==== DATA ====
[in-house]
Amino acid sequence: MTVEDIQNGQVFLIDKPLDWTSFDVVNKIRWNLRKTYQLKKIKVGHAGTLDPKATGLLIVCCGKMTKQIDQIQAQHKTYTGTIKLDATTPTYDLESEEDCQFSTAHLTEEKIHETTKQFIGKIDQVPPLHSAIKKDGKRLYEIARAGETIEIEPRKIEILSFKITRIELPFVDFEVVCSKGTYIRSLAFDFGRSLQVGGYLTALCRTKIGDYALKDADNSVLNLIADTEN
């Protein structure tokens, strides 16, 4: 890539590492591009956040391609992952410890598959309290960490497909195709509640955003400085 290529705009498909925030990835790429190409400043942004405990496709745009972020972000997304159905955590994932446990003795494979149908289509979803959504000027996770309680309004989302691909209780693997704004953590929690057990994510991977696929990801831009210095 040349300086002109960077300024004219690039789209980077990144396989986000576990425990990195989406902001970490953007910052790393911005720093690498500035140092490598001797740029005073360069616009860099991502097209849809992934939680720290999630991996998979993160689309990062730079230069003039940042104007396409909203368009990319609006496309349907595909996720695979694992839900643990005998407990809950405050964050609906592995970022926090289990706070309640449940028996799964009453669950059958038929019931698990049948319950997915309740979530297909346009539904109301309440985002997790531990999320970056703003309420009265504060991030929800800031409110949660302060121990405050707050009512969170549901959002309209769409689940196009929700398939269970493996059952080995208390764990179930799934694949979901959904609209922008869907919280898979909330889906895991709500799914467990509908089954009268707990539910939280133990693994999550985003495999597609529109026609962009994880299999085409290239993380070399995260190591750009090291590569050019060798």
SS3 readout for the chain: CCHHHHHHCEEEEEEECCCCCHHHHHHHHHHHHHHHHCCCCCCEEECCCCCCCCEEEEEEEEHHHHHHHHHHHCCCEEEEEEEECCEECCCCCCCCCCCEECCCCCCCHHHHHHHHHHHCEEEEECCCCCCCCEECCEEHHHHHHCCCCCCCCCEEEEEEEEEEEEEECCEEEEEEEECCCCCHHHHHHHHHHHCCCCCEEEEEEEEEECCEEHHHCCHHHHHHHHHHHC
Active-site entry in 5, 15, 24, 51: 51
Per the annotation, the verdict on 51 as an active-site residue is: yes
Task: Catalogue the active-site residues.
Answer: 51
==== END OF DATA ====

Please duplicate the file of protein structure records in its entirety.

[in-house]
Amino acid sequence: MTVEDIQNGQVFLIDKPLDWTSFDVVNKIRWNLRKTYQLKKIKVGHAGTLDPKATGLLIVCCGKMTKQIDQIQAQHKTYTGTIKLDATTPTYDLESEEDCQFSTAHLTEEKIHETTKQFIGKIDQVPPLHSAIKKDGKRLYEIARAGETIEIEPRKIEILSFKITRIELPFVDFEVVCSKGTYIRSLAFDFGRSLQVGGYLTALCRTKIGDYALKDADNSVLNLIADTEN
């Protein structure tokens, strides 16, 4: 890539590492591009956040391609992952410890598959309290960490497909195709509640955003400085 290529705009498909925030990835790429190409400043942004405990496709745009972020972000997304159905955590994932446990003795494979149908289509979803959504000027996770309680309004989302691909209780693997704004953590929690057990994510991977696929990801831009210095 040349300086002109960077300024004219690039789209980077990144396989986000576990425990990195989406902001970490953007910052790393911005720093690498500035140092490598001797740029005073360069616009860099991502097209849809992934939680720290999630991996998979993160689309990062730079230069003039940042104007396409909203368009990319609006496309349907595909996720695979694992839900643990005998407990809950405050964050609906592995970022926090289990706070309640449940028996799964009453669950059958038929019931698990049948319950997915309740979530297909346009539904109301309440985002997790531990999320970056703003309420009265504060991030929800800031409110949660302060121990405050707050009512969170549901959002309209769409689940196009929700398939269970493996059952080995208390764990179930799934694949979901959904609209922008869907919280898979909330889906895991709500799914467990509908089954009268707990539910939280133990693994999550985003495999597609529109026609962009994880299999085409290239993380070399995260190591750009090291590569050019060798």
SS3 readout for the chain: CCHHHHHHCEEEEEEECCCCCHHHHHHHHHHHHHHHHCCCCCCEEECCCCCCCCEEEEEEEEHHHHHHHHHHHCCCEEEEEEEECCEECCCCCCCCCCCEECCCCCCCHHHHHHHHHHHCEEEEECCCCCCCCEECCEEHHHHHHCCCCCCCCCEEEEEEEEEEEEEECCEEEEEEEECCCCCHHHHHHHHHHHCCCCCEEEEEEEEEECCEEHHHCCHHHHHHHHHHHC
Active-site entry in 5, 15, 24, 51: 51
Per the annotation, the verdict on 51 as an active-site residue is: yes
Task: Catalogue the active-site residues.
Answer: 51